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Disposal of Ritual Offerings

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Disposal of Ritual Offerings

In some cases, fire is a perfect way to be rid of ritual offerings when you're finished with them.

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A common question that comes up is the matter of how to dispose of offerings made during a ritual once the ritual has concluded. Disposal methods may vary, depending on a few things. For instance, does your particular magical tradition require you to dispose of offerings in a certain way? Also, what is the offering? Organic materials can be disposed of in different ways than non-organic offerings. Finally, does the spell or ritual itself include a method of disposal? Consider all of these factors when you're deciding on how to dispose of a magical offering.

Let's look at some of the different ways that you can get rid of an offering you've made:

  • Earth and Water: If your offering is an organic item, such as blood, fruits and vegetables, tobacco, or other plant material, you may want to consider burying it. A garden is a good place to do this, particularly if you have a compost bin, because the nutrients will go back into the soil as the offering biodegrades, continuing the cycle of life. Some people choose to bury non-biodegradable items as well, such as candle stubs and incense remnants, but if you do this, you should make sure you do it in your own yard. Disposal of organic items into a moving body of water, such as a river or the ocean, is acceptable in many traditions as well - make sure, though, that you're not putting any non-organic materials in the water. Use your best judgment here.

  • Fire: Nearly any ritual offering can be disposed of by burning. In some hoodoo traditions, burning an offering is considered part of the ritual itself - for example, Cat Yronwoode says that to destroy an item's influence, it can be burned in the ceremony. You can also burn ritual offerings such as meat, bread, and other foods.

  • Sharing with the wildlife: Got a pile of seeds and nuts you used in your ritual? As long as they haven't been tainted with anything toxic, you can feel free to scatter them outdoors for the local critters to snack on. One Indiana Pagan named Apollonia says, "My coven does a lot of rituals that make offerings to grain gods, so we always have a lot of bread left over. Typically, the day after the ritual, I'll take it to a local pond and leave it out for the ducks and geese. They consume it, and the life cycle of the grain continues on."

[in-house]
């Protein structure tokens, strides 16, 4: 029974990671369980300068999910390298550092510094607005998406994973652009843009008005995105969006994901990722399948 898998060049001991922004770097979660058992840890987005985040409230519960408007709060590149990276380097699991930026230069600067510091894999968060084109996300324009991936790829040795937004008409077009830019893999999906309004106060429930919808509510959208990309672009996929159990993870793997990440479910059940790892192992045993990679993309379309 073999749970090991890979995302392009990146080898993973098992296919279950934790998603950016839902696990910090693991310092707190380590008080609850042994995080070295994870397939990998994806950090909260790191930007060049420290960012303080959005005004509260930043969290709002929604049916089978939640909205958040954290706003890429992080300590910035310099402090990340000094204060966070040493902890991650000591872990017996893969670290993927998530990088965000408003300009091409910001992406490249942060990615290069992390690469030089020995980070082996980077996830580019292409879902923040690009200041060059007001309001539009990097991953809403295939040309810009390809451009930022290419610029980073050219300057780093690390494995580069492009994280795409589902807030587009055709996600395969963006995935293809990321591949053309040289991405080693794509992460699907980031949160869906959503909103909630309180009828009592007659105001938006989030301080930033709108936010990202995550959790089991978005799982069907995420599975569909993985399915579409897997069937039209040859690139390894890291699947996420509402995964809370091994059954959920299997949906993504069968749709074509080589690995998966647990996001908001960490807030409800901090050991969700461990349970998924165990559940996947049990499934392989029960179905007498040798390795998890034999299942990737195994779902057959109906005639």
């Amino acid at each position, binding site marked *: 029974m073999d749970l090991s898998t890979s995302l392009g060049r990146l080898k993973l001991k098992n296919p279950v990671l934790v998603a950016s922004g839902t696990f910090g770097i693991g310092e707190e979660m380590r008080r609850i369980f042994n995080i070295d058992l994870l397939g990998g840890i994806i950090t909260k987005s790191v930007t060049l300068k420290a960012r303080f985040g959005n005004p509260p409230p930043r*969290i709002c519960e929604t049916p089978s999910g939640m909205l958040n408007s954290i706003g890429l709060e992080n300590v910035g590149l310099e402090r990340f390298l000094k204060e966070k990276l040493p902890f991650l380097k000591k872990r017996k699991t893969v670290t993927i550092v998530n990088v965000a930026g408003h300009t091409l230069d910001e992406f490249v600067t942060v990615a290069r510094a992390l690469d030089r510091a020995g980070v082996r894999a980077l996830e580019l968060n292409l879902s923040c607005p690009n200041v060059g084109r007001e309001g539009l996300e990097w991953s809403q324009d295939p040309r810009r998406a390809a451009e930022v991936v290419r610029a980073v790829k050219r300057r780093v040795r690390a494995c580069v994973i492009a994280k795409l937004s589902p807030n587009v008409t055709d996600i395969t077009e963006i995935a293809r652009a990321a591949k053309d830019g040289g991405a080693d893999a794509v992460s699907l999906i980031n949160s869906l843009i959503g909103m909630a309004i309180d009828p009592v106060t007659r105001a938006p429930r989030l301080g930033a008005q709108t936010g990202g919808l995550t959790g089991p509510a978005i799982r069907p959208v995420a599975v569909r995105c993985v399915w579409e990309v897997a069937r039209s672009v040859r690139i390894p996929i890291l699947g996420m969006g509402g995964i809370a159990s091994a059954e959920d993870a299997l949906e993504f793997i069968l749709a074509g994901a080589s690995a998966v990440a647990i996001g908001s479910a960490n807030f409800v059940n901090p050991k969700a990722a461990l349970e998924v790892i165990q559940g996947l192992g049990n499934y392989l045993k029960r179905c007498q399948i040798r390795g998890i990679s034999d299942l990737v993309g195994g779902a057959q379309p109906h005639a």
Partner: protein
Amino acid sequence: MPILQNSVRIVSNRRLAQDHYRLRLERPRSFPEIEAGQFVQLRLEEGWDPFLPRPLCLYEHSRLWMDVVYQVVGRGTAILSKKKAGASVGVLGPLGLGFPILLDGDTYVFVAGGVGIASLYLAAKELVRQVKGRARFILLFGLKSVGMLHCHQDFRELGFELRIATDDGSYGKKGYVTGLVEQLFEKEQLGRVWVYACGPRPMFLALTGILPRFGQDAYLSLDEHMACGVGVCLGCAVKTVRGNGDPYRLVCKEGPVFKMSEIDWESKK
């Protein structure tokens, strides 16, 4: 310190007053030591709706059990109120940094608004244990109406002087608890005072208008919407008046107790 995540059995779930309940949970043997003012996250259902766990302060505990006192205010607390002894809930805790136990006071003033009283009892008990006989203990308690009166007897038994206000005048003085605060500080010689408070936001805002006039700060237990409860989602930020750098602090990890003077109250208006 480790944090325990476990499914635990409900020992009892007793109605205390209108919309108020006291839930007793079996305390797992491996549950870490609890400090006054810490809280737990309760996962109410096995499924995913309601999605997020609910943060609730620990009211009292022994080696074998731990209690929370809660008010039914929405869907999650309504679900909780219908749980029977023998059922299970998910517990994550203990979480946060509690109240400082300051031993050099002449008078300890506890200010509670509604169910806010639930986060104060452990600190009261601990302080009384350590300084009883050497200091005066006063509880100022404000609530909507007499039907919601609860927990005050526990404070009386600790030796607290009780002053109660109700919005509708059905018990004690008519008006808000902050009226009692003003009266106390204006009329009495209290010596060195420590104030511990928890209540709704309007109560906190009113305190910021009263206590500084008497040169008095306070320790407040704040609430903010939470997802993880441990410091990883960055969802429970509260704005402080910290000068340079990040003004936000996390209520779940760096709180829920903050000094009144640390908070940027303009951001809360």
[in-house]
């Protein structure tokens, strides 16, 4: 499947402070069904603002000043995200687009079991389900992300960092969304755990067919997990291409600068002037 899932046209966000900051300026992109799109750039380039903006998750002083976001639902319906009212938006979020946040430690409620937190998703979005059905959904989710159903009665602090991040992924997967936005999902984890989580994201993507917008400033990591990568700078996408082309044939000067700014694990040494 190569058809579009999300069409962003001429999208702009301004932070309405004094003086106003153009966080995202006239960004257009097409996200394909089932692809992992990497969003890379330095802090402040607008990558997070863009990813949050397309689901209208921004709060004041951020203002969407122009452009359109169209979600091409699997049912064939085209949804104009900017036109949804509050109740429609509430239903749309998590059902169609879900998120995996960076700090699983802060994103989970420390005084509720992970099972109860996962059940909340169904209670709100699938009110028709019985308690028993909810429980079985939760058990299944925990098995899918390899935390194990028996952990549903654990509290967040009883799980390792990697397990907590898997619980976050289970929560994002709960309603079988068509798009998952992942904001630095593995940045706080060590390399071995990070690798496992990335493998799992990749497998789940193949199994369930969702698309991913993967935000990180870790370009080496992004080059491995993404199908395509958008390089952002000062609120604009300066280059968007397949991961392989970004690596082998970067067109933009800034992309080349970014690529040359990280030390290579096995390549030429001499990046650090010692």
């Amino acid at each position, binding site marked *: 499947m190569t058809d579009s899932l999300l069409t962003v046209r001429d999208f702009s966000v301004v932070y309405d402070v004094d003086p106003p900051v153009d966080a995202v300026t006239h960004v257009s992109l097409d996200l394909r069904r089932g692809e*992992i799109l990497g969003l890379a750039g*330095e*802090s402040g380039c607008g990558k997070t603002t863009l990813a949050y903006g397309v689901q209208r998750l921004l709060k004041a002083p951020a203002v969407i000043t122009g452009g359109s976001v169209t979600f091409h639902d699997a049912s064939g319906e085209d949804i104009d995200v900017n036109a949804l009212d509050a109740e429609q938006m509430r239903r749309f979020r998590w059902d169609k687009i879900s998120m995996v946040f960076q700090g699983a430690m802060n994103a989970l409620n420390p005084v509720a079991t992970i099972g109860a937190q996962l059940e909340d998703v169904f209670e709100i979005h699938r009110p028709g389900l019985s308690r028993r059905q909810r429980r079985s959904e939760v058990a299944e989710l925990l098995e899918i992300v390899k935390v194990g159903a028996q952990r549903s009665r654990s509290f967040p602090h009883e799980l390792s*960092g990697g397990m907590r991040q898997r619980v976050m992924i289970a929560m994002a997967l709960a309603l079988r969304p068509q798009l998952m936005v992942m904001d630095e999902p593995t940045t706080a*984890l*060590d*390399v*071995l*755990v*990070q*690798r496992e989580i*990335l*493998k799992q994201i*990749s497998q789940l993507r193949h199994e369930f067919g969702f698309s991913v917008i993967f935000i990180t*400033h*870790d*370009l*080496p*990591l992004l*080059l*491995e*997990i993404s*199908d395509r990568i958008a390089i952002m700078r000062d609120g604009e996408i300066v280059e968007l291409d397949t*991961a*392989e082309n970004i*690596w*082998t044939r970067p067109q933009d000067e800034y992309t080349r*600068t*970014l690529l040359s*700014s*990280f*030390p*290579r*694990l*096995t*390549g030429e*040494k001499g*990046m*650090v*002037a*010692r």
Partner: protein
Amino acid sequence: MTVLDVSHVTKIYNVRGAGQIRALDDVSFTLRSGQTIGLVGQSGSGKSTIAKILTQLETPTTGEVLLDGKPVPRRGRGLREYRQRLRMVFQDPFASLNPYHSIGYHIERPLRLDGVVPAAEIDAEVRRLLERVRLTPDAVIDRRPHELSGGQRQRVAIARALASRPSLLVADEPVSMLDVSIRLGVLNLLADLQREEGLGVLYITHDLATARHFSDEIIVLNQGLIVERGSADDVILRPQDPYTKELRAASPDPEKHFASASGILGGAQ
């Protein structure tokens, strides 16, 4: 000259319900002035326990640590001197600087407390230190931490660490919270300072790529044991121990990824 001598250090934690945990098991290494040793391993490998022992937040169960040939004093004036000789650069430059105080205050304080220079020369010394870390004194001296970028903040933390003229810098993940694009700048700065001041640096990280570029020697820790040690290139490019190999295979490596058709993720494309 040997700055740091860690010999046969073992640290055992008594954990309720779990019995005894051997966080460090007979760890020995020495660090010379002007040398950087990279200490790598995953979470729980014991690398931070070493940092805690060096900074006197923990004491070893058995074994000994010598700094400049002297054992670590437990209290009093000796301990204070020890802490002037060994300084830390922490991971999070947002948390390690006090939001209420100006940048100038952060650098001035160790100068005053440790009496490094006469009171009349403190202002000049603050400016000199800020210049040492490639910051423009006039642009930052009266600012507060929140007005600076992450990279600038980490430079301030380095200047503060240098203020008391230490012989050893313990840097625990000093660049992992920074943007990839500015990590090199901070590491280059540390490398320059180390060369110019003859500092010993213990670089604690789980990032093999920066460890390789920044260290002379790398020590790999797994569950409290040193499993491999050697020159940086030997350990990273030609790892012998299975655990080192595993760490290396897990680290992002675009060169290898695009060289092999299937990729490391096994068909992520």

• Leave it out: Some offering items can be left out until they go away on their own. For instance, if you make an offering of consecrated water in a bowl, eventually it's going to evaporate. If you do an outdoor ritual and you've offered herbs and flowers, those are going to blow away at some point, and find their way to a new home.

  • Disposing of icky things: Sometimes, let's face it, we do a working that involves something negative. Maybe you're trying to banish a pesky former lover, or you're trying to get that crazy fundamentalist lady down the street to leave you alone. In cases like this - particularly if you've created a poppet - you may want to get the item as far away from you as possible. In cases like this, simply because of the nature of the ritual, you may want to go ahead and find a place such as a landfill, a port-a-john, or some other foul place to be rid of the items. Just make sure you're not putting anything into the ecosystem that is going to cause damage down the road.

In the matter of spell components, you may not always want to permanently dispose of the items right away. Depending on the purpose of the spell, you may choose to hide the item in someone's home, bury it in your own yard, or tuck it into a tree. Obviously, your disposal methods are going to vary depending on the ritual or working itself, and on the nature of the ritual offerings that you need to be rid of. Use common sense, think outside the box, and find a way to adapt to each situation as needed.

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